Roger E. Shaffer
discourse applies to the one who was most commonly referred
to as "Shaffe" by peers.
identification, it was simply "W.J.S.," but to me
it was "Dad."
was not afforded the pleasure of knowing his father. Dad was born
March 30, 1883, and his father, Josiah, died April 28, 1883. He
and his mother, Mantilla, then went to live with her parents. Grandfather
Henry provided the male relationship as the young Shaffer grew from
babyhood to an adult.
There are a
couple of items from his younger days that I can recall hearing,
one of which involved food. He and his mother were visiting friends
and had dinner with them. One of the foods served was turnips. This
happened to be something for which this particular young fellow
had a thorough dislike. The host, thinking she was going to be considerate
of the boy, served him some turnips, not knowing his reaction to
this vegetable. Not wanting to be unkind to his host, he ate the
unsavory turnips with gusto, in order to get rid of them as quickly
as possible. This was noticed by the host, and she gave him some
additional turnips with the comment, something like this, "Just
look how this boy likes turnips! "
All that I
know more of this incident was that some of the additional turnips
were eaten (not with any pleasure) and a few were left on the plate
with words something like, "I'm full!"
involved a Halloween Party at school. Not having a mask to wear,
he figured that the wick of a torch used by a railroad engine crew
would provide good blackening material to apply to his face. It
was completely satisfactory to afford its purpose. Party a success!
it was, of course, necessary to remove the blackening material from
his face before going to bed. The grandfather Henry household, of
course, had no running water in the house, but the water for household
purposes was supplied from a fresh water spring not far from the
house. So a trip was made to the spring to secure water for cleansing
his blackened face. Returning to the house, and using a towel for
drying, he went off to bed. I'm not sure if it was due to the lack
of lighting, but he was not aware of the condition of the towel
When the adult
members of the family arose and saw the towel, they were astounded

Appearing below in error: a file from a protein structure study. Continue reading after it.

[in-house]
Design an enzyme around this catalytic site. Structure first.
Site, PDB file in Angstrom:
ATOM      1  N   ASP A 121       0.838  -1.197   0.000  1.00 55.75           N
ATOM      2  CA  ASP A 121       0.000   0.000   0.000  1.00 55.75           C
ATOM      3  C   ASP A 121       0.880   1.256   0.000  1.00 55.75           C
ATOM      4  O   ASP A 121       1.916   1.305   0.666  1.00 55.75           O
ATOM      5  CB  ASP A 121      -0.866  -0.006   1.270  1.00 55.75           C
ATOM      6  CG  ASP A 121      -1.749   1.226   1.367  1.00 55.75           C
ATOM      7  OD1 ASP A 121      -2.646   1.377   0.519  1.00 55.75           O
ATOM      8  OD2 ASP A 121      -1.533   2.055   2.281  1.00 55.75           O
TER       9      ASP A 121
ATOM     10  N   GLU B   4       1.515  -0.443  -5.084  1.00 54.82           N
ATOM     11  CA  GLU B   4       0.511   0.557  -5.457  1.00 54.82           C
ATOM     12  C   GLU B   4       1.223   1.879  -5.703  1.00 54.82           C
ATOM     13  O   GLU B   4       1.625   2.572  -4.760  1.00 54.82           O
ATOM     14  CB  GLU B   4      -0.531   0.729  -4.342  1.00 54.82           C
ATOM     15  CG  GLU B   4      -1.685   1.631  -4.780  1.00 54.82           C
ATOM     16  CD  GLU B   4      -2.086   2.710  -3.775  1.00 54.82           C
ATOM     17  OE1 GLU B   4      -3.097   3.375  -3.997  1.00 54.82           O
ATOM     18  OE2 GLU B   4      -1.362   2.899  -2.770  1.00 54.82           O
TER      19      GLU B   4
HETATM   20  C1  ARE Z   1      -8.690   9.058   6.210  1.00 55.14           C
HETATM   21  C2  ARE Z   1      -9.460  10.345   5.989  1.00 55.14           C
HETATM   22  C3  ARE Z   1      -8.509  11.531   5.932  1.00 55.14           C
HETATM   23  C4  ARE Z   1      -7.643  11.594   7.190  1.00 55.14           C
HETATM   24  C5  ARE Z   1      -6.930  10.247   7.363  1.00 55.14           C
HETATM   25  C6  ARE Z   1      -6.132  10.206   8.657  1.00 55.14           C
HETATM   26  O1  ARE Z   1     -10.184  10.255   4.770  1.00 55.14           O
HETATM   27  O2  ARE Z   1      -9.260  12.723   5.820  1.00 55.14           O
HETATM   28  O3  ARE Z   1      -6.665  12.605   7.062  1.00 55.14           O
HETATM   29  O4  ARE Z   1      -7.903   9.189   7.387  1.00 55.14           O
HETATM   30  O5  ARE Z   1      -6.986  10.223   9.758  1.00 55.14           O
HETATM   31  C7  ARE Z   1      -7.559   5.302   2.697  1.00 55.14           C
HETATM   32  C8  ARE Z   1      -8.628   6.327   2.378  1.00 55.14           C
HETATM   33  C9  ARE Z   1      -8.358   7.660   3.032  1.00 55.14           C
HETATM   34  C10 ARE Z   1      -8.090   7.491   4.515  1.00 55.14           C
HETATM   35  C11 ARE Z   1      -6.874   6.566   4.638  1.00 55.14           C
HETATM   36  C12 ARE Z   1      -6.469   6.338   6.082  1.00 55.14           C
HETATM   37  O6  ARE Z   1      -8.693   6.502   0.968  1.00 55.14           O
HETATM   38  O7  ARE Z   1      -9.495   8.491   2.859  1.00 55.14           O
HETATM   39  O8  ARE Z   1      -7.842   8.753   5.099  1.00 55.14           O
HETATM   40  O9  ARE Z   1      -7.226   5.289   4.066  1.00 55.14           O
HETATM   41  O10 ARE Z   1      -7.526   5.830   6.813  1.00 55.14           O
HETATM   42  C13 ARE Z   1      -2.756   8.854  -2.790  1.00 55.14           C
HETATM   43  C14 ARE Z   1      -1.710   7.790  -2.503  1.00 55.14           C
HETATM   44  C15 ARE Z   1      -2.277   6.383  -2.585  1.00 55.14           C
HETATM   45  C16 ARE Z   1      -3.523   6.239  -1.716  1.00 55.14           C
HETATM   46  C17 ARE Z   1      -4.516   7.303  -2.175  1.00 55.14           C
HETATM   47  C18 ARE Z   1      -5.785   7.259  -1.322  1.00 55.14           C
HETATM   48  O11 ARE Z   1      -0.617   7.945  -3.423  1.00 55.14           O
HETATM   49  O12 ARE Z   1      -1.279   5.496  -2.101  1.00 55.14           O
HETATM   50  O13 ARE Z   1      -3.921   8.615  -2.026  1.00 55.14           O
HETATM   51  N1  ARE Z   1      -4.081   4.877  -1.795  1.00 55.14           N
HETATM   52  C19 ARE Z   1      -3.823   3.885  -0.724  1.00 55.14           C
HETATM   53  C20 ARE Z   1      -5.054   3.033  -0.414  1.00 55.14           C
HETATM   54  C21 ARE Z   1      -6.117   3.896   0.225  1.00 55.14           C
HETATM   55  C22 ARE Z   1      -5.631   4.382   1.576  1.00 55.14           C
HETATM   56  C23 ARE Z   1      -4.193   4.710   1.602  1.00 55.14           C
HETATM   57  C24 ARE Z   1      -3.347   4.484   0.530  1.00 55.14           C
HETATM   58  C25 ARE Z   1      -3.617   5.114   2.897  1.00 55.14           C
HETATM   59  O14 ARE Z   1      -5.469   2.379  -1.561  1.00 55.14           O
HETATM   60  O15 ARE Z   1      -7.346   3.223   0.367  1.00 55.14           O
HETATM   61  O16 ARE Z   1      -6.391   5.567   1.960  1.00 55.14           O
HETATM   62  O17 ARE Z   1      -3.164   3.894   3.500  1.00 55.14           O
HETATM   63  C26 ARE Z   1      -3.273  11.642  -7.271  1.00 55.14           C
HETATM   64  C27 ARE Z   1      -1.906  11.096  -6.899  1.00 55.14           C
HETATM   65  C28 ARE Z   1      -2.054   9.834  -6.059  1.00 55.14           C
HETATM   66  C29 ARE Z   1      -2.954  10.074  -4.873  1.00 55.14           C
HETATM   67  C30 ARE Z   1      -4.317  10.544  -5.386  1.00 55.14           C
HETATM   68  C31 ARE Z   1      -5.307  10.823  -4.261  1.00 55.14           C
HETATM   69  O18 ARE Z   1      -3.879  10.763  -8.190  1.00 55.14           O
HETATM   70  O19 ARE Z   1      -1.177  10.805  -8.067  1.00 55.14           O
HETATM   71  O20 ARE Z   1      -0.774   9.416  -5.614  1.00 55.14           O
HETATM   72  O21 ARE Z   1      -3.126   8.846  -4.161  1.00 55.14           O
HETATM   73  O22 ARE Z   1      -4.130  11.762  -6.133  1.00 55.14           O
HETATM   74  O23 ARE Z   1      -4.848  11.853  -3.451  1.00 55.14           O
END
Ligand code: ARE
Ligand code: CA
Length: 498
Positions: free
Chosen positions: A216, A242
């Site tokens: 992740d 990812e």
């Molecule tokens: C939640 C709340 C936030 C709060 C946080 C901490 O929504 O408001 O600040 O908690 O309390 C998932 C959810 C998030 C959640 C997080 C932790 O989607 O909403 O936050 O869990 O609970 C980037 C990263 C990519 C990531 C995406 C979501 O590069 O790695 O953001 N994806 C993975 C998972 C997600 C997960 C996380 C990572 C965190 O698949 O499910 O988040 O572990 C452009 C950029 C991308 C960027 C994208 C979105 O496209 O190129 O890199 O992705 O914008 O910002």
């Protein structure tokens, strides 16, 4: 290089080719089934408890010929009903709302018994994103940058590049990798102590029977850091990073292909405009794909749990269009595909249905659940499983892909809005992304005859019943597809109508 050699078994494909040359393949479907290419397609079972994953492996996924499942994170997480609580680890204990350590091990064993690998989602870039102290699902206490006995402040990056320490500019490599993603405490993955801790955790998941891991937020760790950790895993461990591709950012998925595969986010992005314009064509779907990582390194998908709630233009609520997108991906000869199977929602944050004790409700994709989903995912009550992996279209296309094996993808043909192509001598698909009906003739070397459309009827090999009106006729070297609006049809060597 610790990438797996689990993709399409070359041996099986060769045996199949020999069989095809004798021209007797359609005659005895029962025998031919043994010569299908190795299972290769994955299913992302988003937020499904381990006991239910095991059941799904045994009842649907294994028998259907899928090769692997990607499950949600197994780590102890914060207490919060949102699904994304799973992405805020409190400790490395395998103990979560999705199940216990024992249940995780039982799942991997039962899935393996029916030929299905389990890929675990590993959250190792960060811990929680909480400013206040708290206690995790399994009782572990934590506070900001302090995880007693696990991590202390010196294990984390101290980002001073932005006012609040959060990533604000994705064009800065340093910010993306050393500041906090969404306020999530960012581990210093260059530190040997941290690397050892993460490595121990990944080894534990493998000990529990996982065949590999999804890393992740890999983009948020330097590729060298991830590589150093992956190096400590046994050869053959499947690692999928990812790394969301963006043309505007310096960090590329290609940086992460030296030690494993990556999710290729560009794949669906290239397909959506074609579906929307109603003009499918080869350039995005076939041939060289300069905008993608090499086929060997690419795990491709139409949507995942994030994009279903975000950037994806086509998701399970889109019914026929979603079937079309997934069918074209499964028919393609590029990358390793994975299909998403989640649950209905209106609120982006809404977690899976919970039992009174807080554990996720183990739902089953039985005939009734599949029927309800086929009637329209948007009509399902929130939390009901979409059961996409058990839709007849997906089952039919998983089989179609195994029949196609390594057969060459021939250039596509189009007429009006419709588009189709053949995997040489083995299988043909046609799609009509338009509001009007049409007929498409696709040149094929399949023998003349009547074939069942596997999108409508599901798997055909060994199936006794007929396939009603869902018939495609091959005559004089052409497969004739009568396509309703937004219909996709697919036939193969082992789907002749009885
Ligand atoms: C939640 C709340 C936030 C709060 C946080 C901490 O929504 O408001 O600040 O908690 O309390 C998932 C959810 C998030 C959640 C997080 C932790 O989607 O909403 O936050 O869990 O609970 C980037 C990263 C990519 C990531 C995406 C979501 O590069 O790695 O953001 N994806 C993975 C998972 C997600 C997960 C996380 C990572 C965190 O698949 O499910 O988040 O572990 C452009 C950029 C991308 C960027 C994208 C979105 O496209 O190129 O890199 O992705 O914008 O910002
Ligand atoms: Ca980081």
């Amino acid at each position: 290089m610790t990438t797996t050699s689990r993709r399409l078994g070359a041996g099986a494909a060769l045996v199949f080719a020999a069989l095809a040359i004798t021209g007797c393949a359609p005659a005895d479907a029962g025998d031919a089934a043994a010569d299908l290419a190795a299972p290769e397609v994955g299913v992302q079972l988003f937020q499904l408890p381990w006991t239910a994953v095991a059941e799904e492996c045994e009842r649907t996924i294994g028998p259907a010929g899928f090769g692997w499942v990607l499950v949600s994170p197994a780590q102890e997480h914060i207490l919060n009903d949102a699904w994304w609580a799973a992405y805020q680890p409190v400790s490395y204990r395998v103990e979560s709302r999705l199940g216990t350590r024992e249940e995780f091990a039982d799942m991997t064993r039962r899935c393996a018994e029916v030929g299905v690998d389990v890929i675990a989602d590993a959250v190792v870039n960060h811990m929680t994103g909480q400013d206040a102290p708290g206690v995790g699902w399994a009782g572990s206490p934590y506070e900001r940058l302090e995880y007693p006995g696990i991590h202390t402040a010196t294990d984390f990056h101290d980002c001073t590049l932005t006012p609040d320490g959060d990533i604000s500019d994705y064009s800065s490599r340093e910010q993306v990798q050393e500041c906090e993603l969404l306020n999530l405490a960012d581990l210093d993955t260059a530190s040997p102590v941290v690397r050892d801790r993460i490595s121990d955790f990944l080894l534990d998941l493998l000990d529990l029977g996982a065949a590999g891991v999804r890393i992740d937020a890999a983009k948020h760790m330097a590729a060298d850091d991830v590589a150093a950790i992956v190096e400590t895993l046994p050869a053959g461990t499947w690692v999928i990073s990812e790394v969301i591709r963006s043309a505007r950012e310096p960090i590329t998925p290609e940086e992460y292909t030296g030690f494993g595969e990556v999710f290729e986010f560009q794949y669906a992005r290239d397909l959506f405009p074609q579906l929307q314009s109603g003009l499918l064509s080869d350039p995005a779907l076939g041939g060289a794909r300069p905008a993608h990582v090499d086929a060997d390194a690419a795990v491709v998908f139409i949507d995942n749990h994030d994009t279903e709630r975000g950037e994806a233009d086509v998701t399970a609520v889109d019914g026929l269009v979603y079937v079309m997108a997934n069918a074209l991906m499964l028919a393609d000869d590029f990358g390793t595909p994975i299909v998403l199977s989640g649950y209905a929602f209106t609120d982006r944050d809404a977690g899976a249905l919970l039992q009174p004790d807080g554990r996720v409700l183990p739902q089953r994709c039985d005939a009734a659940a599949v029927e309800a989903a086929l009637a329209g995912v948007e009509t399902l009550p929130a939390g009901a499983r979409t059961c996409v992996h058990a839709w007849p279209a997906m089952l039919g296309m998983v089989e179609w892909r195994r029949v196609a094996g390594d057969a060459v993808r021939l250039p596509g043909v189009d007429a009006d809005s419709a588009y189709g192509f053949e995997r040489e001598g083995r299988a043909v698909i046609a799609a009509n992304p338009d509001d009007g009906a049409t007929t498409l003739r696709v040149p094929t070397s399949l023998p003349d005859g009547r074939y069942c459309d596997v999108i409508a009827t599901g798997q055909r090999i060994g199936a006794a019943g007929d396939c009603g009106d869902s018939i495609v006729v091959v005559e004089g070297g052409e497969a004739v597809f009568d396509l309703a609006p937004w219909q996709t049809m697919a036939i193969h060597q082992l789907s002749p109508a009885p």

by its appearance. The kerosene, which produced the blackened soot,
did not mix very well with the cool spring water; so, the resultant
greasy substance was absorbed by the towel in question! What embarrassment,
attendance, it was necessary for him to walk a distance of 1 3/4
miles to Shaffer's School, which was adjacent to Shaffer's Church.
(One of his classmates at school later became the father in law
of his son, Roger.)
After his school
days, he worked in the Hanover Junction Cigar Shop, owned and operated
by H. I. Glatfelter. His mother was also employed there. Later he
secured a position with the Northern Central Railway as a clerk
at the Hanover Junction Station. His first day of employment with
the railroad was September 30, 1907.
came courting days. His selection was a girl from Glen Rock by the
name of Mary Roser. The local paper, Glen Rock Item, one day carried
the item titled, "Telephone Girl Marries Railroad Man."
The bride secured the name due to the fact that her dad, Daniel
Roser, housed the local telephone exchange in his home, and Mary
became the telephone operator.
One thing I
never found out, and never had the idea to inquire, was why Dad
always called or made reference to his wife as "Sis."
I'm sure, however, that it must have had a particular significance
to something in their association or their marriage.
He served as railroad station clerk for the Northern Central Railway,
and then with the Pennsylvania Railroad after it acquired the Northern
Central, under the supervision of agent George Mathias. When Mr.
Mathias was later transferred from Hanover Junction to Mt. Washington,
Maryland, as station agent there, Dad was promoted from clerk to
Station Agent at Hanover Junction, Pennsylvania.
This promotion then enabled him and his family to secure residence
in the "Station House," as it was commonly referred to
locally. The building provided for railroad activity for the Pennsylvania
R. R. and the Western Maryland, owners of the building. Dad served
as agent for both the Pennsylvania and Western Maryland at Hanover
Dad at the Station House
Dad's responsibilities as station agent involved passenger ticket
sales, express shipments, freight activities (carload or less than
carload), and general cleanliness of the railroad facilities in
and around the building as well as the waiting room. He also had
to make sure the railroad platform kerosene lamps were lit each
night, and he had to announce, in the waiting room, the arrival